The trial court erroneously granted Eason's motion for judgment on the pleadings, and we reverse.
Christner, the appellant, filed this suit against appellee, a policeman. Both parties characterize the case as one sounding in libel. Appellant alleged in her complaint that she was involved in a serious automobile collision and that appellee, who was assigned to investigate the collision, prepared a report which falsely stated her running a red light was the cause of the accident. Appellant also alleged appellee made up the damaging report with the knowledge that it was false. Neither party introduced evidence of any kind, and the court granted appellee's motion for judgment on the pleadings. By brief attached to the motion, appellee alleged as a complete defense that his report was a privileged communication, a statement "made bona fide in the performance of a public duty." Code 105-709 (1).
"After the pleadings are closed but within such time as not to delay the trial, any party may move for judgment on the pleadings." CPA 12 (c) (Code Ann. 81A-112(c)). " 'For the purposes of the motion, all well-pleaded material allegations of the opposing party's pleadings are to be taken as true, and all allegations of the moving party which have been denied are taken as false. Conclusions of law are not admitted. Judgment on the pleadings may be granted only if, on the facts as so admitted, the moving party is clearly entitled to judgment.' 2A Moore's Federal Practice 2269, 12.15. Thus the question here is whether the undisputed facts appearing from the pleadings show the defendant is entitled to judgment as a matter of law." Gulf American Fire &c. Co. v. Harper, 117 Ga. App. 356 (1) (160 SE2d 663) (1968)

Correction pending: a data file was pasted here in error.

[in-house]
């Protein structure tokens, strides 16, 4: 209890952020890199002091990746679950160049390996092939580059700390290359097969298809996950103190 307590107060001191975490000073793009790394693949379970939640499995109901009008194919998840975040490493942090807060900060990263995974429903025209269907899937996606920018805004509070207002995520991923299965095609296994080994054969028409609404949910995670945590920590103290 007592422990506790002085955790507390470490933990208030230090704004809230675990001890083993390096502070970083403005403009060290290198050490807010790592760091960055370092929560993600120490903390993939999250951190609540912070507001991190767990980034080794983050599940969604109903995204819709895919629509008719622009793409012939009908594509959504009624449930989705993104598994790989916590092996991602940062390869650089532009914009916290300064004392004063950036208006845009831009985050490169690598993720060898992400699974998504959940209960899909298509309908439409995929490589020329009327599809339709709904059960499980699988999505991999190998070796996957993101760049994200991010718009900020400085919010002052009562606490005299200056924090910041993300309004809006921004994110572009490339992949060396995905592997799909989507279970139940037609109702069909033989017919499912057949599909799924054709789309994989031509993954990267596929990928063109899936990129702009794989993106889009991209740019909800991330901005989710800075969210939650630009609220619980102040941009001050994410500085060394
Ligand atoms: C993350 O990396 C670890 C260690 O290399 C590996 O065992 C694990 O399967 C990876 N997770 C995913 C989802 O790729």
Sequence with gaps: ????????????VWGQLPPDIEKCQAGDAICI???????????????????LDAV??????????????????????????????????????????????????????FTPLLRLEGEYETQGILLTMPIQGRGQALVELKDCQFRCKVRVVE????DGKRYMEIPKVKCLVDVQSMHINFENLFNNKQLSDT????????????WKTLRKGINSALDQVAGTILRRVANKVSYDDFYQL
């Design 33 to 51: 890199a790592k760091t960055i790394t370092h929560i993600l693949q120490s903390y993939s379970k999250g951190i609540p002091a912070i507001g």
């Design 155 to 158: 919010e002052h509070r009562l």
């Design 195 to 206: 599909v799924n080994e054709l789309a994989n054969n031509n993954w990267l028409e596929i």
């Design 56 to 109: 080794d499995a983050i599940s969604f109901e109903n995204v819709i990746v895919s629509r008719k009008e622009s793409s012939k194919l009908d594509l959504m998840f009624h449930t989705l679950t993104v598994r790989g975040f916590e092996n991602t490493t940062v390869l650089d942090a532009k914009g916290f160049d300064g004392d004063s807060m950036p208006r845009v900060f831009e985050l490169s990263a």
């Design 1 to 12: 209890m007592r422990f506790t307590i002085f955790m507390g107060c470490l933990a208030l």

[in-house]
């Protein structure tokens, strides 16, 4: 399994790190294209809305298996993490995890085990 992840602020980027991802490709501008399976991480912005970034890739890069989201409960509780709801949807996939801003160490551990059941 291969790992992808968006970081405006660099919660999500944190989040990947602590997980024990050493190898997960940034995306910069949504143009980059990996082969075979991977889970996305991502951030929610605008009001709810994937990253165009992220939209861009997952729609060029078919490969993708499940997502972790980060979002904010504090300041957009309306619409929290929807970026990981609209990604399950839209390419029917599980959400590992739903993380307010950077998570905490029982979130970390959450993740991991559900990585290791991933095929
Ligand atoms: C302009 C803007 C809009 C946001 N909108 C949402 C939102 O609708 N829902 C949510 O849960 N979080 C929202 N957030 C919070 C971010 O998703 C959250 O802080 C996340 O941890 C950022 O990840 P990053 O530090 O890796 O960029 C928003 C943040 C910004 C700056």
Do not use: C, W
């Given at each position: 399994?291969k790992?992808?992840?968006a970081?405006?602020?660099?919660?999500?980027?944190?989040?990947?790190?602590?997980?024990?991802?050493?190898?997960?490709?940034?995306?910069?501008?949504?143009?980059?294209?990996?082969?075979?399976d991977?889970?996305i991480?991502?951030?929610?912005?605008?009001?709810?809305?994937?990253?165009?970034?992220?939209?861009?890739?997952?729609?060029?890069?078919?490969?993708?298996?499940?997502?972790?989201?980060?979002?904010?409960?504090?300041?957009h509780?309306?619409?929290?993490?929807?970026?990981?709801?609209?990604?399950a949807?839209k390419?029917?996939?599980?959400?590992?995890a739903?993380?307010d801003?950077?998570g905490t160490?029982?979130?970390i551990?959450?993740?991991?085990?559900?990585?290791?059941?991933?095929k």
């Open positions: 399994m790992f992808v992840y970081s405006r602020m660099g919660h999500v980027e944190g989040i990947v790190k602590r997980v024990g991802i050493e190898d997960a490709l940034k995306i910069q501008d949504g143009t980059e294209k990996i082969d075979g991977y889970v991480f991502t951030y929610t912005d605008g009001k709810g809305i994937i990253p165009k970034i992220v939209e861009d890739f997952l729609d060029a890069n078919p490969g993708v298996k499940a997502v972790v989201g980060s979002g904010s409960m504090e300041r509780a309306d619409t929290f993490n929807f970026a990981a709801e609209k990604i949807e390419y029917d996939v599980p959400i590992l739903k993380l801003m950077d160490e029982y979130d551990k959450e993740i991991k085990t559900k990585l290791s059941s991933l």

. Here, whether appellee reported bona fide is disputed in the pleadings, and it was error to conclude his communication was privileged as a matter of law.
Appellee also asserts as grounds for affirmance that appellant failed to plead all the elements of a cause of action in libel. Failure to plead a cause of action, however, would not be proper basis for granting judgment on the pleadings. "A complaint is not required to set forth a cause of action, but need only set forth a claim for relief . . . If, within the framework of the complaint, evidence may be introduced which will sustain a grant of relief to the plaintiff, the complaint is sufficient." Mitchell v. Dickey, 226 Ga. 218
, 220 (173 SE2d 695
) (1970). "Where the party moving for judgment on the pleadings does not introduce affidavits, depositions, or interrogatories in support of his motion, such motion is the equivalent of a motion to dismiss the complaint for failure to state a claim upon which relief can be granted . . . 'The motion to dismiss should not be granted unless the averments in the complaint disclose with certainty that the plaintiff would not be entitled to relief under any state of facts which could be proved in support of his claim. [Cits.]' Harper v. DeFreitas, 117 Ga. App. 236
, 238 (160 SE2d 260
)." Seaboard C. L. R. Co. v. Dockery, 135 Ga. App. 540
, 543 (218 SE2d 263
) (1975). Under the above rules, the fact that appellant's complaint may not have set forth properly or completely the elements of libel, or the elements of any other cause of action, was not a legal basis for the grant of judgment on the pleadings.
There are conceivable facts upon the proof of which the appellant could recover, and we must reverse the judgment below.
Tillman, Brice, McTier, Coleman & Talley, George T. Talley, for appellee.